the IPv6 Header.
INETERNET-DRAFT draft-ietf-dhc-dhcpv6-01.txt March 1995 5. Charlie Perkins will be doing our option spec for DHCPv6. We need
to make sure it synchs up with this spec.
INETERNET-DRAFT draft-ietf-dhc-dhcpv6-02.txt July 1995
Change History
Changes from March 95 to July 95 Drafts:
Used integer values instead of bit values for type and code
fields.
Used message-type and message-code fields and rely on looking at
the fields in the datagram instead of multiple over-lapping
request/response codes.
Added address-count field processing to be specified by the client
as opposed to the server, and the processing for when client and
server address-counts become disjoint.
Added Requirements wording for MUST, SHOULD, MAY, etc.
Added Design Goals section.
Re-Defined transaction-ID and interface-token.
Added Client/Server Binding definition and processing section to
handle those bindings.
Added more terminology, definitions, and rationale.
Added model to support Dynamic Updates to DNS for Host Names.
Reduced the request/response model to 3 packets by not doing a
server confirm to a clients confirm to a servers response.
Added model to support like lifetime fields for lease management
to coordinate with IPv6 Stateless Address Configuration.
Added model and processing definitions for future DHCPv6 Options
Specification.
Added gateway-address and client-link-address for relay-agent
processing.
Removed excessive use of the acroynym DHCPv6 for section titles
and when referencing clients and servers.
Added Draft ***Open Issues*** Section for review by the DHC
Working Group.
Added Change History.
INETERNET-DRAFT draft-ietf-dhc-dhcpv6-02.txt July 1995
Acknowledgements Acknowledgements
Brian Carpenter, Alex Conta, Jack McCann, Ralph Droms for providing The DHC Working Group for their time and input into the
input to the evolution of DHCPv6. specification. A special thanks for the consistent input, ideas, and
review by Ralph Droms, Thomas Narten, Jack Mccann, and Charlie
Perkins. A big warm and extended thanks to Sue Thomson, Yakov
Rehkter, and Phil Wells, who spent many hours in person and on the
phone with the author to get the work done.
References Sue Thomson and Yakov Rehkter were co-authors on the first
specification, and with the author have since March 1994 kept a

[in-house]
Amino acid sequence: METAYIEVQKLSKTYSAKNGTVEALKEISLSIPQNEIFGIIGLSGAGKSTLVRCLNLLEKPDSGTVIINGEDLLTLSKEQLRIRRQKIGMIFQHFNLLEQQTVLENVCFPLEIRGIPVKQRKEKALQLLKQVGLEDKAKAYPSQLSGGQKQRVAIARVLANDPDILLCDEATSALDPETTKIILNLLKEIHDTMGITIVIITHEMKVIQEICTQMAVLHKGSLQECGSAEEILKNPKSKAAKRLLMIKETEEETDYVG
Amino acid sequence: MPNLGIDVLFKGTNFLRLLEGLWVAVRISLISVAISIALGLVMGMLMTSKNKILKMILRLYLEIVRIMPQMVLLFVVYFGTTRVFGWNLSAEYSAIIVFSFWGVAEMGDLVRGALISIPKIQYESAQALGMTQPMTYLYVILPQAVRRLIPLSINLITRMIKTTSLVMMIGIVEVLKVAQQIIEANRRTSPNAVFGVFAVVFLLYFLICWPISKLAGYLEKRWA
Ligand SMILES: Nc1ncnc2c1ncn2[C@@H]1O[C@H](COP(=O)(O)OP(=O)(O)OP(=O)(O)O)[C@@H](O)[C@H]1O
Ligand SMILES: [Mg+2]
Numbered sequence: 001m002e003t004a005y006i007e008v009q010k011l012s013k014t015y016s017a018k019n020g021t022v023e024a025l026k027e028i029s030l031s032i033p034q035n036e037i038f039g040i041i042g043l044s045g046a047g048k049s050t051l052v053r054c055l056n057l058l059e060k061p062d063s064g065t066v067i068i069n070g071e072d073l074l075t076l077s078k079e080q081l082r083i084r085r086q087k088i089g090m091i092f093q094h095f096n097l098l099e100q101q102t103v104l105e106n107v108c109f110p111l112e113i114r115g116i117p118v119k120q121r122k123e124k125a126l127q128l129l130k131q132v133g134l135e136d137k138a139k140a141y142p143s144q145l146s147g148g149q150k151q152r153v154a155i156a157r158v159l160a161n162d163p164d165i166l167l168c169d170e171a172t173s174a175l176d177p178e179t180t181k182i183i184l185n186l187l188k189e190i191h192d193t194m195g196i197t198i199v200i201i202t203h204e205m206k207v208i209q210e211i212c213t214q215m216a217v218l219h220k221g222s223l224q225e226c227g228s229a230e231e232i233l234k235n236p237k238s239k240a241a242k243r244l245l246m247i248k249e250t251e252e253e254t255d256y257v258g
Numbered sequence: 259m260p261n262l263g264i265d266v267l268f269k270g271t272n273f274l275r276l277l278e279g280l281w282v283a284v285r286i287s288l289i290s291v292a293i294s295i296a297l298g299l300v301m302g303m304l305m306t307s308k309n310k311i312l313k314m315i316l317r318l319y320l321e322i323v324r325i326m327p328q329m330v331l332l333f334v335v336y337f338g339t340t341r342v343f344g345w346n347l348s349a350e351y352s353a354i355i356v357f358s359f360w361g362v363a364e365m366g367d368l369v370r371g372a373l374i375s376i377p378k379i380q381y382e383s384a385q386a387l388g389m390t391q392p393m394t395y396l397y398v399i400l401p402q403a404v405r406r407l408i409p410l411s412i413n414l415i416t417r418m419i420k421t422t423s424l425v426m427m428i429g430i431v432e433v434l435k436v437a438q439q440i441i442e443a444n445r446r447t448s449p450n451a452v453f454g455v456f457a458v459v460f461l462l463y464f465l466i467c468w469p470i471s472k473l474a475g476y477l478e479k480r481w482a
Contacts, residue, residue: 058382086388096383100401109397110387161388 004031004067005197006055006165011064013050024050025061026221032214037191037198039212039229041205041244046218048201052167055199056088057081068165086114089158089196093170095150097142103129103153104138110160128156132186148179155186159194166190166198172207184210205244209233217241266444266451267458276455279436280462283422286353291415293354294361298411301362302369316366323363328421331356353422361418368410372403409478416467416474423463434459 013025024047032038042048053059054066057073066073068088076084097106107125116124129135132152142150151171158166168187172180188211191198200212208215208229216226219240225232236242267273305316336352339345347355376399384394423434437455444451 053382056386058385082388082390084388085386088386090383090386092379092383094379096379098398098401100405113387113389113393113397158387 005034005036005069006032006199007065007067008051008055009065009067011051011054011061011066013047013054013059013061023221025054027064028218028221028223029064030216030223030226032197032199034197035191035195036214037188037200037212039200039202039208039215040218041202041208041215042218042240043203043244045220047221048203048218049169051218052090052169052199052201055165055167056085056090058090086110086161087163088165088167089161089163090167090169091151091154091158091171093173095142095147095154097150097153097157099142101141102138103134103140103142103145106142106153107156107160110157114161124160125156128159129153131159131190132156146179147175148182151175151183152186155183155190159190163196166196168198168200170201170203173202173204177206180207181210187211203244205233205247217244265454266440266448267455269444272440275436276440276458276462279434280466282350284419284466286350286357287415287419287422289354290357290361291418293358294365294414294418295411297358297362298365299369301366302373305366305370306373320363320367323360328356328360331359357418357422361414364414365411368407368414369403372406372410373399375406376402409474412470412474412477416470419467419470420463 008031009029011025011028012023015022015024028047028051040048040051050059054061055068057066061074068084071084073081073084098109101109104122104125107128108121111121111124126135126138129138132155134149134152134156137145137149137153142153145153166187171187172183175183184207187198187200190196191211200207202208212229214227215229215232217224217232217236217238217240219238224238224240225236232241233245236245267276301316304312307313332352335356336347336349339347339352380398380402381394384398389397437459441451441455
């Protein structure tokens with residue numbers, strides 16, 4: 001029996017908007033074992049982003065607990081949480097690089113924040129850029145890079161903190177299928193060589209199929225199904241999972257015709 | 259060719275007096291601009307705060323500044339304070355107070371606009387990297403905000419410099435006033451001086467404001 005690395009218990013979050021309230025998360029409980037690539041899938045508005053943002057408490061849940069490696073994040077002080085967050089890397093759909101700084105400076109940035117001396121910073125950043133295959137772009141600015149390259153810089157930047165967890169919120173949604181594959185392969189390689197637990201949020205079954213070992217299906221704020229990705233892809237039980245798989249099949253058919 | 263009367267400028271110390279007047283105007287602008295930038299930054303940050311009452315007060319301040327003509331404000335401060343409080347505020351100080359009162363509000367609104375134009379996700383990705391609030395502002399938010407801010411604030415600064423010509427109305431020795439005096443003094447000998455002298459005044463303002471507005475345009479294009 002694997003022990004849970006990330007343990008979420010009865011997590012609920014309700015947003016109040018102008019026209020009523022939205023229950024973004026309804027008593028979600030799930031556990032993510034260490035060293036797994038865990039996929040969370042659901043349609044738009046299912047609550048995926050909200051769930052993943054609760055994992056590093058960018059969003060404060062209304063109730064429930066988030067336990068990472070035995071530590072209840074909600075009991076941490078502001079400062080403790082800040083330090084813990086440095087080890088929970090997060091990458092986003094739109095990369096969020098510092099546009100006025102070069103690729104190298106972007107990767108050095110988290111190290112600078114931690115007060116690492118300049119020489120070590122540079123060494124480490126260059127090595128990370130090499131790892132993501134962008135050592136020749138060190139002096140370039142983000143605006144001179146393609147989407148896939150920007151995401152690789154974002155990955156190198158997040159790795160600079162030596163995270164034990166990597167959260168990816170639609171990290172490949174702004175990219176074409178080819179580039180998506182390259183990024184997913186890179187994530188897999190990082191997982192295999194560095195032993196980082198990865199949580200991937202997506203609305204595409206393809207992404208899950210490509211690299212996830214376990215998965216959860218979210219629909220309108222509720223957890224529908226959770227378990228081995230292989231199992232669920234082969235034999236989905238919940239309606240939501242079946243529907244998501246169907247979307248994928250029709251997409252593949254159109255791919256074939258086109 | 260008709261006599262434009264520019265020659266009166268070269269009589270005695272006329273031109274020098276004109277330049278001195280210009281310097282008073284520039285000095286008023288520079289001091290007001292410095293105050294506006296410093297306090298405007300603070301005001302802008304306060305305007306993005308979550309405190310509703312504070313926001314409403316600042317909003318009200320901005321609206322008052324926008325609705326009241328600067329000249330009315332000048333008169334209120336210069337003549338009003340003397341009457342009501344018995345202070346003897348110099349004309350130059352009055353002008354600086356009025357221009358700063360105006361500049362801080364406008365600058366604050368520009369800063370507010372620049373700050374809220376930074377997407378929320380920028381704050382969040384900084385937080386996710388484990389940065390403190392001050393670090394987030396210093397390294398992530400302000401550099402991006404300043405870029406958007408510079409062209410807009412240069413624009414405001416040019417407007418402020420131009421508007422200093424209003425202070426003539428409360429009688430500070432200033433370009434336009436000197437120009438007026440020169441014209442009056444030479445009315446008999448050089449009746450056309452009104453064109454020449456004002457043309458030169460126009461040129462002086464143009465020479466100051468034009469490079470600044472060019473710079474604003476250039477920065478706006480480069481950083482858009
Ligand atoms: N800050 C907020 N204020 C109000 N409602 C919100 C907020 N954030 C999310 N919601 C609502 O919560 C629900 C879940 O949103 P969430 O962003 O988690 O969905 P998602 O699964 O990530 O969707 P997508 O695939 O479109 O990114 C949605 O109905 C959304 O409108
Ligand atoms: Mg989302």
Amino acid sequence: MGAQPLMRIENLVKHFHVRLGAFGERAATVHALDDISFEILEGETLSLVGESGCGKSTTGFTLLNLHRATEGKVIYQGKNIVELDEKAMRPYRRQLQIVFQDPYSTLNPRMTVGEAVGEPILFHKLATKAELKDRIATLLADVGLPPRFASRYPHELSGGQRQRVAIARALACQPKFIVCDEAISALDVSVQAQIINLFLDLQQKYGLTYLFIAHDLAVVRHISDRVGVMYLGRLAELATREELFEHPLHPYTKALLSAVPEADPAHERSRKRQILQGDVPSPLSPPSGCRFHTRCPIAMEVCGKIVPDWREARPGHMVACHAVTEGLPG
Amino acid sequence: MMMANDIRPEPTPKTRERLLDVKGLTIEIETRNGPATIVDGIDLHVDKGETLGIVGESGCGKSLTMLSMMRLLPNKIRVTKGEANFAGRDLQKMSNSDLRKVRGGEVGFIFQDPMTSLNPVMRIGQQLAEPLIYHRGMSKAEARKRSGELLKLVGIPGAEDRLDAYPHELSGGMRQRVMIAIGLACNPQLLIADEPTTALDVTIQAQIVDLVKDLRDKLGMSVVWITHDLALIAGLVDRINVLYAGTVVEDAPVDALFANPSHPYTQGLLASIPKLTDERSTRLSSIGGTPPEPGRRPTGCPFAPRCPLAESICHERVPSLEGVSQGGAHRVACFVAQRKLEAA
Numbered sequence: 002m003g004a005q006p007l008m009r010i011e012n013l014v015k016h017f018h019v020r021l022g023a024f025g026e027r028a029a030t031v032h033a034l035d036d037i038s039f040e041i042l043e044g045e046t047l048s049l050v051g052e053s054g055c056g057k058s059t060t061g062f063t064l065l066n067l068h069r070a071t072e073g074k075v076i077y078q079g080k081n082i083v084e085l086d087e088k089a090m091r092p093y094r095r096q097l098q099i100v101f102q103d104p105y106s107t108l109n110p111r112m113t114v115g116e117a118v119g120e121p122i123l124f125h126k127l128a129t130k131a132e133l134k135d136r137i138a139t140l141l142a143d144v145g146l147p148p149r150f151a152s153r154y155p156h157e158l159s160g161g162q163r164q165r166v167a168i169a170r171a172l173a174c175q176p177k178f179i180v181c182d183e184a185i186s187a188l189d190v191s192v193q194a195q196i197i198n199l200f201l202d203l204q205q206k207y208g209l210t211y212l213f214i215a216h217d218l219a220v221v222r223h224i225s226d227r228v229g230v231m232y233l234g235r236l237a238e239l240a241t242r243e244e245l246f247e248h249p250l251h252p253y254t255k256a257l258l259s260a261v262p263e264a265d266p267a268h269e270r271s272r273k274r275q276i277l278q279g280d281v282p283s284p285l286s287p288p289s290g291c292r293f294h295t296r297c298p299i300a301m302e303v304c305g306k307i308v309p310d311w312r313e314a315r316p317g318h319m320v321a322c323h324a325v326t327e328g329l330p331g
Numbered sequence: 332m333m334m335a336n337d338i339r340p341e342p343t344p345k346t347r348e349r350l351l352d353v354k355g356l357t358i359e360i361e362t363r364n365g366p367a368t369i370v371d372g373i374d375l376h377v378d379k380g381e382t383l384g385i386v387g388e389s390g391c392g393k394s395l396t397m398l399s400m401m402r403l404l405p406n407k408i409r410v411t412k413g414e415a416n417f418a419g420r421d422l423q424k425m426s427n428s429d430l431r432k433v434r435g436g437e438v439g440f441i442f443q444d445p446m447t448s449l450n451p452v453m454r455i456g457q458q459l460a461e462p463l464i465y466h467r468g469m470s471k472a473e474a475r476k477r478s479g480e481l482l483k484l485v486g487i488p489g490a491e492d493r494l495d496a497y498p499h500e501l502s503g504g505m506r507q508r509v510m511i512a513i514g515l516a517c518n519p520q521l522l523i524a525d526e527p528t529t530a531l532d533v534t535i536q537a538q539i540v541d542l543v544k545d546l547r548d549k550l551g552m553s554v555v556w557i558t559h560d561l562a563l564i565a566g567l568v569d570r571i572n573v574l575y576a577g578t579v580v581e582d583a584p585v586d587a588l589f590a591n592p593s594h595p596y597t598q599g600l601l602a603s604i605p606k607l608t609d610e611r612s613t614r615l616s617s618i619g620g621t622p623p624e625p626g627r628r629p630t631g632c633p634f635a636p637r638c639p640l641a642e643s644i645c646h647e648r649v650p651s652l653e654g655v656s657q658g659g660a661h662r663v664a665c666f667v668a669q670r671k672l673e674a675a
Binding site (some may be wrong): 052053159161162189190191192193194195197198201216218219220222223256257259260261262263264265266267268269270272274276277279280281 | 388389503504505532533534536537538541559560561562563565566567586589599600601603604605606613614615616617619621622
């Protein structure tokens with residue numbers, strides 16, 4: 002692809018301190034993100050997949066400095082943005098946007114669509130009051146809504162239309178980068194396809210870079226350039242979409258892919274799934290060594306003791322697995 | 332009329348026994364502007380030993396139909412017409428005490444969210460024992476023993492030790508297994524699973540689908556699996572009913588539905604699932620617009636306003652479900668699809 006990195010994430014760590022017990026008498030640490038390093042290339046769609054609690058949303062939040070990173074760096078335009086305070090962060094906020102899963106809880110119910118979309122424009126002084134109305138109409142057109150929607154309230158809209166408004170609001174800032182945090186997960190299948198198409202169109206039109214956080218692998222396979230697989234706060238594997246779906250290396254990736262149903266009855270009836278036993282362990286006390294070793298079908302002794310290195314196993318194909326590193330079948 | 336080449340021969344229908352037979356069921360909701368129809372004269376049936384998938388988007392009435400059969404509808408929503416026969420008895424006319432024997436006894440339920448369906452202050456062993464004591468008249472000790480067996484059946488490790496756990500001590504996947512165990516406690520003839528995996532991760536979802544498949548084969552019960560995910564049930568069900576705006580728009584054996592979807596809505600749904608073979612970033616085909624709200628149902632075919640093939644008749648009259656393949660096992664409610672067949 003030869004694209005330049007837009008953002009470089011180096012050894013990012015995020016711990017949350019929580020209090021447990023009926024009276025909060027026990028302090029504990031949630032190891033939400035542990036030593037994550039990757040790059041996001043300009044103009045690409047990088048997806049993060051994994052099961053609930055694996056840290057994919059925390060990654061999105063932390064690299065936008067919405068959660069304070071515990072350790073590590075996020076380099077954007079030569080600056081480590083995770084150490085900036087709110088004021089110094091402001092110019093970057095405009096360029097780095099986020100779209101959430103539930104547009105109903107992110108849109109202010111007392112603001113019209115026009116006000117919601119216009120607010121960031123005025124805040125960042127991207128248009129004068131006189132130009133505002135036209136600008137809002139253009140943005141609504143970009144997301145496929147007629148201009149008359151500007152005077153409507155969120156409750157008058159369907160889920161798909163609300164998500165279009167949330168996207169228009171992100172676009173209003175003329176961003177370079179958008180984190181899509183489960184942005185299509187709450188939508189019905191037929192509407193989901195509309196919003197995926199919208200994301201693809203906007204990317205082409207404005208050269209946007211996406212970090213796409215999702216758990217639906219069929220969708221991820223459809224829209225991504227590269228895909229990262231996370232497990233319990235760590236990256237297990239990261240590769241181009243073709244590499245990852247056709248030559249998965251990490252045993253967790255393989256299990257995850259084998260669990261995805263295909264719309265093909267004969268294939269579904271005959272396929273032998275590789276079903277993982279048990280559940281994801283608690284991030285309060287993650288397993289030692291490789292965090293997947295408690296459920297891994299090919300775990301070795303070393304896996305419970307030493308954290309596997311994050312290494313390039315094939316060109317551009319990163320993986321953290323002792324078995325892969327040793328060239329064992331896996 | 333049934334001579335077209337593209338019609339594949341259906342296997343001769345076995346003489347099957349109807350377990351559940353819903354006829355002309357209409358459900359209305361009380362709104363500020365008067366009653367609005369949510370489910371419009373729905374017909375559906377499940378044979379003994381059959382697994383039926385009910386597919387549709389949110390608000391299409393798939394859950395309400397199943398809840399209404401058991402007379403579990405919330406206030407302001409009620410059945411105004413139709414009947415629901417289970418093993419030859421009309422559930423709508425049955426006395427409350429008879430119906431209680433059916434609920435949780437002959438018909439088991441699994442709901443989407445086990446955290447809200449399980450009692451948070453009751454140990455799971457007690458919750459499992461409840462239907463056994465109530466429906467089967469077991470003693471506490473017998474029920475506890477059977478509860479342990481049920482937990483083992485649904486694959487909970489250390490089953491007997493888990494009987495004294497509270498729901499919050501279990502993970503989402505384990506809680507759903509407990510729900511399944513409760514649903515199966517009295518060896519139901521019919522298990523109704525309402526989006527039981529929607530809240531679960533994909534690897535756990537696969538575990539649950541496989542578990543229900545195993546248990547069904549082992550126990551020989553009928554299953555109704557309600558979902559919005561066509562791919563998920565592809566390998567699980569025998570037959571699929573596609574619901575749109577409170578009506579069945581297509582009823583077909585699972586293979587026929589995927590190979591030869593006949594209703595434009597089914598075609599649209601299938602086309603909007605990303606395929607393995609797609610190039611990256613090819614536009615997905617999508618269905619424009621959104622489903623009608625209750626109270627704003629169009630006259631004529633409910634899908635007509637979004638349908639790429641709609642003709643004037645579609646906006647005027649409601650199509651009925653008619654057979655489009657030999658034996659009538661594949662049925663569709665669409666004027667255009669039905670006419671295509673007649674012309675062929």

consistent view and belief that autoregistration MUST be part of the
Next Generation Internet Protocol version 6 and integrated into
autoconfiguration.
[IPv6-ADDR] The author would also like to thank Steve Deering and Bob Hinden, who
R. Hinden, Editor, "IP Version 6 Addressing Architecture" have consistently taken the time to discuss the more complex parts of
<draft-ietf-ipngwg-ipv6-addr-arch-00.txt> the IPv6 specifications.
Y. Rekhter, "An IPv6 Global Unicast Address Format" The author MUST also thank his employer for the opportunity to work
<draft-ietf-ipngwg-address-format-01.txt> on DHCPv6 and IPv6 in general.
[IPv6-SPEC] References
S. Deering and R. Hinden, Editors, "Internet Protocol Version 6
[IPv6] Specification" Internet Draft, March 1995
<draft-ietf-ipngwg-ipv6-spec-01.txt>
[IPv6-ICMP] [IPv6-SPEC]
A. Conta, S. Deering "ICMPv6 for the Internet Protocol S. Deering and R. Hinden, "Internet Protocol Version 6
Version 6 [IPv6]" Internet Draft, March 1995 [IPv6] Specification" Internet Draft, June 1995
<draft-ietf-ipngwg-icmp-02.txt> <draft-ietf-ipngwg-ipv6-spec-02.txt>
[PMTU] [IPv6-ADDR]
J. Mogul, S. Deering "Path MTU Discovery" R. Hinden, S. Deering, Editors, "IP Version 6 Addressing
RFC 1191, 11/16/90 Architecture"
<draft-ietf-ipngwg-ipv6-addr-arch-03.txt>
[IPv6-ADDRCONF] [IPv6-ADDRCONF]
S. Thomson, "IPv6 Stateless Address Configuration" S. Thomson, "IPv6 Stateless Address Configuration"
Internet Draft, March 1995 <draft-ietf-addrconf-ipv6-auto-01.txt> Internet Draft, June 1995 <draft-ietf-addrconf-ipv6-auto-02.txt>
W. A. Simpson "IPv6 Neighbor Discovery - Processing" [IPv6-ND]
<draft-simpson-ipv6-discov-process-01.txt> T. Narten, E. Nordmark, and W. A. Simpson, "IPv6 Neighbor
Discovery"
<draft-ietf-ipngwg-discovery-00.txt>
[IPv6-DNS]
S. Thompson and C. Huitema, "DNS Extensions to support IP
version 6", Internet Draft, March 1995
<draft-ietf-ipngwg-dns-00.txt>
[RFC-1034] [RFC-1034]
P. Mockapetris, "Domain Names - implementation and specification" P. Mockapetris, "Domain Names - implementation and specification"
STD-13, 11/01/87 STD-13, 11/01/87
INETERNET-DRAFT draft-ietf-dhc-dhcpv6-02.txt July 1995
[RFC-1035] [RFC-1035]
P. Mockapetris, "Domain Names - concepts and facilities" P. Mockapetris, "Domain Names - concepts and facilities"
STD-13, 11/01/87 STD-13, 11/01/87
[DYN-DNS-UPD] [DYN-UPD]
S. Thomson, Y. Rekhter, J. Bound, "Dynamic Updates in the Domain S. Thomson, Y. Rekhter, J. Bound, "Dynamic Updates in the Domain
Name System (DNS)" Internet Draft, March 1995 Name System (DNS)" Internet Draft, March 1995
<draft-ietf-dnsind-dynDNS-01.txt> <draft-ietf-dnsind-dynDNS-01.txt>
INETERNET-DRAFT draft-ietf-dhc-dhcpv6-01.txt March 1995
[IPv6-DHCP-OPTIONS]
<TBD>
[RFC-768] [RFC-768]
J. Postel, "User Datagram Protocol" J. Postel, "User Datagram Protocol"
STD-6, 08/28/80. STD-6, 08/28/80.
[DHCP-v4]
R. Droms, "Dynamic Host Configuration Protocol"
RFC 1541 Proposed Standard, October 1993
Authors' Addresses Authors' Addresses
Jim Bound Jim Bound
Digital Equipment Corporation Digital Equipment Corporation
110 Spitbrook Road, ZKO3-3/U14 110 Spitbrook Road, ZKO3-3/U14
Nashua, NH 03062 Nashua, NH 03062
Phone: (603) 881-0400 Phone: (603) 881-0400
Email: bound@zk3.dec.com Email: bound@zk3.dec.com
Yakov Rekhter
T.J. Watson Research Center, IBM Corporation
P.O. Box 570
Yorktown Heights, NY 10598
Phone: (914) 784-7361
Email: yakov@watson.ibm.com
Sue Thomson
Bellcore
445 South Street
Morristown, NJ 07960
Phone: (201) 829-4514
Email: set@thumper.bellcore.com
 End of changes.